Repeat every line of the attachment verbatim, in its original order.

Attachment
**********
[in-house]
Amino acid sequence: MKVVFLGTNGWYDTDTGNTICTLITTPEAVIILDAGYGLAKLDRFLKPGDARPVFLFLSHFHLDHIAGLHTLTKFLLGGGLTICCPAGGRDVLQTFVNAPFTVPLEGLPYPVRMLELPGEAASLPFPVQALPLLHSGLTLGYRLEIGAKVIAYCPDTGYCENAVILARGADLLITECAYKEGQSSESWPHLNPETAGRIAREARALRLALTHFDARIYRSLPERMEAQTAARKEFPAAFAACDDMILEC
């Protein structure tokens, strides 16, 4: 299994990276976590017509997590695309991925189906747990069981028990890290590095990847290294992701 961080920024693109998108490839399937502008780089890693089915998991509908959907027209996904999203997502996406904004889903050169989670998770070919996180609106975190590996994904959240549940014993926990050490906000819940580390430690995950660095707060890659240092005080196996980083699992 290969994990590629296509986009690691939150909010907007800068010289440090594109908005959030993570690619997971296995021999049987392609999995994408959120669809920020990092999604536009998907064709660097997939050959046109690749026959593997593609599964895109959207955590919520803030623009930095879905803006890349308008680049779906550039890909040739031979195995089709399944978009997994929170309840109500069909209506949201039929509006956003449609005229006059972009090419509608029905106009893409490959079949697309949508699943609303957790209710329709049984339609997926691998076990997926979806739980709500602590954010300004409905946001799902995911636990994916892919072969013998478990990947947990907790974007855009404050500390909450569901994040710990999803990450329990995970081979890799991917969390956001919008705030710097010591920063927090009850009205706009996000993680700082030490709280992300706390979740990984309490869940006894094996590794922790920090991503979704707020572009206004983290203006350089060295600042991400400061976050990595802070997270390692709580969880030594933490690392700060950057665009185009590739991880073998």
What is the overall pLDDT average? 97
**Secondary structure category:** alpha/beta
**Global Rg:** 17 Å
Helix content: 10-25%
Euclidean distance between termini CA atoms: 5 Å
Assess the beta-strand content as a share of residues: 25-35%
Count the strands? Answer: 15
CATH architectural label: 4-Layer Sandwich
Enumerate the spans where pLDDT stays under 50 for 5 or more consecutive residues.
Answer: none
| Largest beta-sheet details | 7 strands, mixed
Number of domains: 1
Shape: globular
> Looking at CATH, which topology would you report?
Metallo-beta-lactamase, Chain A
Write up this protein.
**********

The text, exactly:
[in-house]
Amino acid sequence: MKVVFLGTNGWYDTDTGNTICTLITTPEAVIILDAGYGLAKLDRFLKPGDARPVFLFLSHFHLDHIAGLHTLTKFLLGGGLTICCPAGGRDVLQTFVNAPFTVPLEGLPYPVRMLELPGEAASLPFPVQALPLLHSGLTLGYRLEIGAKVIAYCPDTGYCENAVILARGADLLITECAYKEGQSSESWPHLNPETAGRIAREARALRLALTHFDARIYRSLPERMEAQTAARKEFPAAFAACDDMILEC
């Protein structure tokens, strides 16, 4: 299994990276976590017509997590695309991925189906747990069981028990890290590095990847290294992701 961080920024693109998108490839399937502008780089890693089915998991509908959907027209996904999203997502996406904004889903050169989670998770070919996180609106975190590996994904959240549940014993926990050490906000819940580390430690995950660095707060890659240092005080196996980083699992 290969994990590629296509986009690691939150909010907007800068010289440090594109908005959030993570690619997971296995021999049987392609999995994408959120669809920020990092999604536009998907064709660097997939050959046109690749026959593997593609599964895109959207955590919520803030623009930095879905803006890349308008680049779906550039890909040739031979195995089709399944978009997994929170309840109500069909209506949201039929509006956003449609005229006059972009090419509608029905106009893409490959079949697309949508699943609303957790209710329709049984339609997926691998076990997926979806739980709500602590954010300004409905946001799902995911636990994916892919072969013998478990990947947990907790974007855009404050500390909450569901994040710990999803990450329990995970081979890799991917969390956001919008705030710097010591920063927090009850009205706009996000993680700082030490709280992300706390979740990984309490869940006894094996590794922790920090991503979704707020572009206004983290203006350089060295600042991400400061976050990595802070997270390692709580969880030594933490690392700060950057665009185009590739991880073998």
What is the overall pLDDT average? 97
**Secondary structure category:** alpha/beta
**Global Rg:** 17 Å
Helix content: 10-25%
Euclidean distance between termini CA atoms: 5 Å
Assess the beta-strand content as a share of residues: 25-35%
Count the strands? Answer: 15
CATH architectural label: 4-Layer Sandwich
Enumerate the spans where pLDDT stays under 50 for 5 or more consecutive residues.
Answer: none
| Largest beta-sheet details | 7 strands, mixed
Number of domains: 1
Shape: globular
> Looking at CATH, which topology would you report?
Metallo-beta-lactamase, Chain A
Write up this protein.